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Monterey Bay, Carmel and Pebble Beach

Photo by Kim Grant

Monterey Bay, Carmel and Pebble Beach Itineraries

Steinbeck Country in the Salinas Valley

Steinbeck Country on the Monterey Peninsula

Where to “Stop and Smell the Roses” around Monterey Bay

A big, blue playground for all forms of life, wild and tame alike

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One of the most scenic natural wonderlands on the planet, Monterey Bay—including famous towns and small cities like Carmel and Pebble Beach— edges a prime swath of California coastline about 90 miles south of San Francisco. The ocean here is mostly protected, and all forms of marine life, from blue whales and dolphins to otters and sea lions, thrive in these nutrient-rich waters. On land, many of California’s most popular state parks, replete with towering redwoods and spectacular beaches, welcome day visitors and campers year-round.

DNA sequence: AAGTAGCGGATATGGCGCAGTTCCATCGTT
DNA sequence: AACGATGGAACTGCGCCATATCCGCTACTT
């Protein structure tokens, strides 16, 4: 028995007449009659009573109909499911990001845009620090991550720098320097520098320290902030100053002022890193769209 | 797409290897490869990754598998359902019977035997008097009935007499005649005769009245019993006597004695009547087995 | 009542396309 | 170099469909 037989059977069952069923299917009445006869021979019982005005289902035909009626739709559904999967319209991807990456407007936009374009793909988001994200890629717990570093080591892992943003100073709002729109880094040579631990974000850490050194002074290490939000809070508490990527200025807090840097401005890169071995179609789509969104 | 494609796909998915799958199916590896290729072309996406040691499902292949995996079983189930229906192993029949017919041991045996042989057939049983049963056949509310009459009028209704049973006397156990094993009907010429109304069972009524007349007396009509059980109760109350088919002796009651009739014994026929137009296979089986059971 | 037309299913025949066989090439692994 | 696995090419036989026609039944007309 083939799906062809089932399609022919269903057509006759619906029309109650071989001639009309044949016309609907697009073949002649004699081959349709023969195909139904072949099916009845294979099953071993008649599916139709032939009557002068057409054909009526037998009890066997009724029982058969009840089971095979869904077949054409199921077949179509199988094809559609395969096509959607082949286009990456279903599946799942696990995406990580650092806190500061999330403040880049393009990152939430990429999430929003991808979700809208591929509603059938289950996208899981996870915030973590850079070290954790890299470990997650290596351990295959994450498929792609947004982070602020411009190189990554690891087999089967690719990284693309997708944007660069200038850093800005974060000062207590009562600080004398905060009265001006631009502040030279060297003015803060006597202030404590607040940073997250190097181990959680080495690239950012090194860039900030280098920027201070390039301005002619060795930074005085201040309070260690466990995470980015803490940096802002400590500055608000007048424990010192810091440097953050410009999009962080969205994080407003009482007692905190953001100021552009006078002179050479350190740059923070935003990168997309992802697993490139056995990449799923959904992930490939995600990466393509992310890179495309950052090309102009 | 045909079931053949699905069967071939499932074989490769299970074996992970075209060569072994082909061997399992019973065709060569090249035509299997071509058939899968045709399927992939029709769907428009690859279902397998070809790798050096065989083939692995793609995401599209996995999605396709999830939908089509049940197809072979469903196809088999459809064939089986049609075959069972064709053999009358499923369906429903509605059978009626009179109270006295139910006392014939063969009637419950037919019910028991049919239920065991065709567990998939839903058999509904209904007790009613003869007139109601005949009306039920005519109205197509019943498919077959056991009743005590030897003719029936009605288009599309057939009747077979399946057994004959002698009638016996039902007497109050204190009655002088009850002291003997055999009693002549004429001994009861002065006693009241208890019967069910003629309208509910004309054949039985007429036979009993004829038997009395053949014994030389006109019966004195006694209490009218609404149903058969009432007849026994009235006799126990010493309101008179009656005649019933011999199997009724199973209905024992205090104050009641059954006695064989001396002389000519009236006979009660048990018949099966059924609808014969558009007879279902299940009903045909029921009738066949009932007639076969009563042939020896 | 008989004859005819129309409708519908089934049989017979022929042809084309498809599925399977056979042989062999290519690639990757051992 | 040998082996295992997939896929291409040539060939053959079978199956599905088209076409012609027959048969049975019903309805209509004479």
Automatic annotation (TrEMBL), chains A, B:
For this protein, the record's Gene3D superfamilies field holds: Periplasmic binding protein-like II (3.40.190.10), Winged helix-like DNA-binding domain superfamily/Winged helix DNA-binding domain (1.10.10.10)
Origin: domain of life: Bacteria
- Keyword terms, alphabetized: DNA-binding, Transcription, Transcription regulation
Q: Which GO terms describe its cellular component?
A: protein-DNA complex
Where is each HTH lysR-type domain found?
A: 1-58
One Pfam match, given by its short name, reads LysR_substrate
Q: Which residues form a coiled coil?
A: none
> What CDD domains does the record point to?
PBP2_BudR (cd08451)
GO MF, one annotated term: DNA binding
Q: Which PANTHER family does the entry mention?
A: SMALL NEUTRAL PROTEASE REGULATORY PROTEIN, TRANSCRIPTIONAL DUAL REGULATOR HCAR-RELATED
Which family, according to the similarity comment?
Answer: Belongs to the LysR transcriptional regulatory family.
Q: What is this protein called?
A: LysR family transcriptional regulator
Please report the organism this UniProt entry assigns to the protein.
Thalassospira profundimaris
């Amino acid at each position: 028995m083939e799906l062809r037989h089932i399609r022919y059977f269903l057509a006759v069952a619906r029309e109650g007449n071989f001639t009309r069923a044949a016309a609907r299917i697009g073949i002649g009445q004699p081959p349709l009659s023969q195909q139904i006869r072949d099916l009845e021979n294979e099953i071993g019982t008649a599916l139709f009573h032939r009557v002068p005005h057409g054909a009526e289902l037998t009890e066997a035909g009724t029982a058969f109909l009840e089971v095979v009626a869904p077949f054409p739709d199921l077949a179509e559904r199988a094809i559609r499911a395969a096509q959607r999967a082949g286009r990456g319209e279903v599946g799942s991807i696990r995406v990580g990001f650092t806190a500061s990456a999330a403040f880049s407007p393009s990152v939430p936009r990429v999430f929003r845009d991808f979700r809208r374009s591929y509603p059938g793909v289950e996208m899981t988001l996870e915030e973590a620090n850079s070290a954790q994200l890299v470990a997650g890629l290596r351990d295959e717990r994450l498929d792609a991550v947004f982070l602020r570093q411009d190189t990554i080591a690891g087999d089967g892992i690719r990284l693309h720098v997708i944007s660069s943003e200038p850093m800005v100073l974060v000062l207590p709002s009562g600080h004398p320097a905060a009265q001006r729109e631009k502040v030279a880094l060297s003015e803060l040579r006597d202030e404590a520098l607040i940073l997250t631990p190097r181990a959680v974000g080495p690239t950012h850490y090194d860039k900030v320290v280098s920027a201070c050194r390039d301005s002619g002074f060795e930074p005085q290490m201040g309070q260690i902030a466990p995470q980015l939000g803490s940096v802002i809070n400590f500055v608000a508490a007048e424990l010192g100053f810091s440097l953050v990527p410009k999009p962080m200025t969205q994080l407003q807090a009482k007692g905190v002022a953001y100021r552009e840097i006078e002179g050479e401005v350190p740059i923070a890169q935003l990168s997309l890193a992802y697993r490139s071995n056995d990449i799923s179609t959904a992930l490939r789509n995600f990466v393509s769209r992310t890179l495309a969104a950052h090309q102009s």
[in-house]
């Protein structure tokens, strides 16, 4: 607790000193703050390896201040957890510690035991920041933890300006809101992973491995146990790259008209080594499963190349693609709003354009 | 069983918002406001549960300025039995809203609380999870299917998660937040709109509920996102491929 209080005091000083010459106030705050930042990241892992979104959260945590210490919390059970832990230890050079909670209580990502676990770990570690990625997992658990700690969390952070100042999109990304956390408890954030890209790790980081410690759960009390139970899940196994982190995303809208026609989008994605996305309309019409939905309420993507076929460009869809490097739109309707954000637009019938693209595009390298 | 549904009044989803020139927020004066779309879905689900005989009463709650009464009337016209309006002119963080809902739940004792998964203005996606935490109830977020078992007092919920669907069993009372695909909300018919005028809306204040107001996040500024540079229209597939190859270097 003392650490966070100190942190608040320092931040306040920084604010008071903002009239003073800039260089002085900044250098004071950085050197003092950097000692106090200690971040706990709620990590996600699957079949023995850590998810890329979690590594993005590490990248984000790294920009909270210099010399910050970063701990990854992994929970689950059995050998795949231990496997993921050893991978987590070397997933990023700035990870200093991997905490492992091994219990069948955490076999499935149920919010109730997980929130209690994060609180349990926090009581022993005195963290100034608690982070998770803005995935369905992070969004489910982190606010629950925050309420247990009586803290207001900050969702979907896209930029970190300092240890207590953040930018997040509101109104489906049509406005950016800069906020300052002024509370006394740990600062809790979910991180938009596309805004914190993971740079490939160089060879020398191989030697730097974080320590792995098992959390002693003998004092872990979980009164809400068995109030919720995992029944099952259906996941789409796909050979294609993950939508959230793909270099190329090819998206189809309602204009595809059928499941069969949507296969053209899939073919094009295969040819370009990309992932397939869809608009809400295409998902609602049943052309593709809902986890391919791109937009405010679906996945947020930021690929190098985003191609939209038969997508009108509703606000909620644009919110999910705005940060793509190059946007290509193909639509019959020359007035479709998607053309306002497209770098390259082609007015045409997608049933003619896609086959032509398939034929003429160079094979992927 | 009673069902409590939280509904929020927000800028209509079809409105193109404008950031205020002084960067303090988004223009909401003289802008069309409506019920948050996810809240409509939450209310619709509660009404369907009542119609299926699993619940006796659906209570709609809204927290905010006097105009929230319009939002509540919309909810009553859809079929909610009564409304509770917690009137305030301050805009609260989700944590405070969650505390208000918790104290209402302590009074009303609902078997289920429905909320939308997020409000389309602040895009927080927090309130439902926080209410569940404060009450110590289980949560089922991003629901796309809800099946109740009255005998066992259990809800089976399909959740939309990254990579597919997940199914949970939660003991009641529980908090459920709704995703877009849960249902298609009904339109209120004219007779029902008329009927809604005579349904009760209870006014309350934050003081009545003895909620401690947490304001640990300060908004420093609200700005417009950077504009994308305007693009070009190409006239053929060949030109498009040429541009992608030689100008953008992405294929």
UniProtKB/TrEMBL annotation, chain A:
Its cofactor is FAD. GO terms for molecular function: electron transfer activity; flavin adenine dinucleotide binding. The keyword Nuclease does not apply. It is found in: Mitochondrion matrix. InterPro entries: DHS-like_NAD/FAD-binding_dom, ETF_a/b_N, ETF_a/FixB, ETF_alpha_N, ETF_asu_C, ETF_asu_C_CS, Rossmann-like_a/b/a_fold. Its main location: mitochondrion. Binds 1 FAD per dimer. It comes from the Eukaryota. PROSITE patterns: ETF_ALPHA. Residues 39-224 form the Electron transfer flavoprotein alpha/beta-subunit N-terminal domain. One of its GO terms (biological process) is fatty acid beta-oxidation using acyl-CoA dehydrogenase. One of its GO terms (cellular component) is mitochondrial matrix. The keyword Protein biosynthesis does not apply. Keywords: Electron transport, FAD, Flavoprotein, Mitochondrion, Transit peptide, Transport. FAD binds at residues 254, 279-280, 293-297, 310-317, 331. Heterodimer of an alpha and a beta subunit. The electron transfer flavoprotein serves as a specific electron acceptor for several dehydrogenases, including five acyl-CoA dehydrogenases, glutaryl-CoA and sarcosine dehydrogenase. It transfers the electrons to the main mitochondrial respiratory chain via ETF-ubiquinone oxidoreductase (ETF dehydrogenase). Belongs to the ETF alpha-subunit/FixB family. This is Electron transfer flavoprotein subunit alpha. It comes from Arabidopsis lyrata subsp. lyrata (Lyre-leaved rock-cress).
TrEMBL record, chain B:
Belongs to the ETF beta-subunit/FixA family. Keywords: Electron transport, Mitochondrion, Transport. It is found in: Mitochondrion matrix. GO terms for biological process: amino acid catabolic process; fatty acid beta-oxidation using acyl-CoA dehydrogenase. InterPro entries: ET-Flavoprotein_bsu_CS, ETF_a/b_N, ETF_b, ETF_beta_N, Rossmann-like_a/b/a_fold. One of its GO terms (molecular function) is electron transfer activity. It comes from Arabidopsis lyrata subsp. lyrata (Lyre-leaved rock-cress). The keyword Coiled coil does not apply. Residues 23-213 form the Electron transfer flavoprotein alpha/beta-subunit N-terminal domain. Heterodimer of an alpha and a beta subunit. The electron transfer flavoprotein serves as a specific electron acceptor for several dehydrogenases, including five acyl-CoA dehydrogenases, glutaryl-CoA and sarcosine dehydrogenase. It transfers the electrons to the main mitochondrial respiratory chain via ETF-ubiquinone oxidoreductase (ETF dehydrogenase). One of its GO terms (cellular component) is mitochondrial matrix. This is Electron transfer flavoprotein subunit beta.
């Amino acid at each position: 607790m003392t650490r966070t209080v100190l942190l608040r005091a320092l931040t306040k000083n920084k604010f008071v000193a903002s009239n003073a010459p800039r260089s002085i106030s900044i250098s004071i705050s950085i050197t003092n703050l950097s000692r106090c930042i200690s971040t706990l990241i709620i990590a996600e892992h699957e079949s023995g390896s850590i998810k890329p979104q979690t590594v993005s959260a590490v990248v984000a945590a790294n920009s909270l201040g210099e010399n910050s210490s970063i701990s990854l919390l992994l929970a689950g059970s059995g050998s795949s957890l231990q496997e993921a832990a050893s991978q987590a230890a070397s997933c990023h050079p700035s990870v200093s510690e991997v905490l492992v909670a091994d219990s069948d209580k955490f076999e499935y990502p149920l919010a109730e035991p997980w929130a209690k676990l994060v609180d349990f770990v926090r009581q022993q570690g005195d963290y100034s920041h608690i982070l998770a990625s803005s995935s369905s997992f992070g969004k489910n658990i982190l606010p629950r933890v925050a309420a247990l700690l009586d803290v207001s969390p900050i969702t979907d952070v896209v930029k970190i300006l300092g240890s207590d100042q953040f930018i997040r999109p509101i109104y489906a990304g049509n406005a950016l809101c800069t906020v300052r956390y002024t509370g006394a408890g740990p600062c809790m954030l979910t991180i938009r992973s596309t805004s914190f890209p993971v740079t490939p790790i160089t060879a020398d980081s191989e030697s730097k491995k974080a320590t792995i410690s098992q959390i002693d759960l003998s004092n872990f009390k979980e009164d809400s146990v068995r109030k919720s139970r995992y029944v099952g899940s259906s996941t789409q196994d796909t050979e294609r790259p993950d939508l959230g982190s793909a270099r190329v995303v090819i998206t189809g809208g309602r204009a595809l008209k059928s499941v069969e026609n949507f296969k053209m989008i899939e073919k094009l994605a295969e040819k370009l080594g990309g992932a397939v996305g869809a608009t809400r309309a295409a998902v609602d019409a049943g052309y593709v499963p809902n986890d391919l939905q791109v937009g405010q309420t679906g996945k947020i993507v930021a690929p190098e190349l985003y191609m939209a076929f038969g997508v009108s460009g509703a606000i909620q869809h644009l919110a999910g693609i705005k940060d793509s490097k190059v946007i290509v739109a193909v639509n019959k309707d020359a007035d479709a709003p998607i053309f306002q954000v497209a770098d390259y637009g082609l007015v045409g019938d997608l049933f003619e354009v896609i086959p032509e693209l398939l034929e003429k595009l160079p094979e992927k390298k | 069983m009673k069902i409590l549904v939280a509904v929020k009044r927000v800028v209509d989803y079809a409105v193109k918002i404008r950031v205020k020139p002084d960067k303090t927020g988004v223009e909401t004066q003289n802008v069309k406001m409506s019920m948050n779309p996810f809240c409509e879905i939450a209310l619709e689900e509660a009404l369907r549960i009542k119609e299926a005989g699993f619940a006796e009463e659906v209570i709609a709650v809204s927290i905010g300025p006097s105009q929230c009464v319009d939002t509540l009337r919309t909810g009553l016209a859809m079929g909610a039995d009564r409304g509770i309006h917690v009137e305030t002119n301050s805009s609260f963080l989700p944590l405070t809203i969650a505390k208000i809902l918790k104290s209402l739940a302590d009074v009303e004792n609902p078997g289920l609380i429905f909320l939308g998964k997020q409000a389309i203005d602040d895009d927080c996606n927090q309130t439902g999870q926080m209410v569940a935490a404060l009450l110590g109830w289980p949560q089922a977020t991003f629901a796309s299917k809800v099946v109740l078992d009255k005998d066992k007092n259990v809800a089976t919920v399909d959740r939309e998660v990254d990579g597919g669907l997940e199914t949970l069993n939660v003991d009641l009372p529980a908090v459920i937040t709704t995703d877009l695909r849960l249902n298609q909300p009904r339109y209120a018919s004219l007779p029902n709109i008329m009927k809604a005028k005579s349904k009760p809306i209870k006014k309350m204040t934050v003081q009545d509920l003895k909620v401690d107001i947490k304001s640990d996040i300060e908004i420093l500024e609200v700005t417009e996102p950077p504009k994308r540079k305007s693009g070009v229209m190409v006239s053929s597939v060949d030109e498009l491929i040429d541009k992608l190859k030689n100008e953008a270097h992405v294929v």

While natural wonders star at center stage, many other attractions lure millions of visitors to Monterey Bay every year. Its farms, vineyards and ranches — along with delectable bounty from the nearby ocean — supply restaurants and shops with ingredients that inspire brilliant menus devised by the nation’s finest chefs.

The city of Santa Cruz anchors the northern half of the bay, and the Monterey Peninsula in the south. In between lies an almost continuous string of beaches, villages, coves and parks to explore. Part of the huge Monterey Bay National Marine Sanctuary, magnificent Point Lobos juts into the Pacific just south of the Carmel River, marking the northern gateway to Big Sur via legendary Highway 1.


Monterey Bay, Carmel and Pebble Beach Towns and Cities

Monterey: Explorer Sebastián Vizcaíno stopped here in 1502 and claimed California for Spain, and Monterey served as the epicenter of the state’s history for centuries. The entire city is a living museum, with historic sites at every turn. Monterey has dozens of other attractions, too — the world-famous Monterey Bay Aquarium, Cannery Row, Fisherman’sWharf, plus top-notch wineries, golf courses and restaurants.

Carmel-by-the-Sea: Eclectic shops, galleries, tasting rooms and restaurants line the streets of tiny Carmel, a charming one-square-mile village. Carmel is one of the dog-friendliest towns in the nation.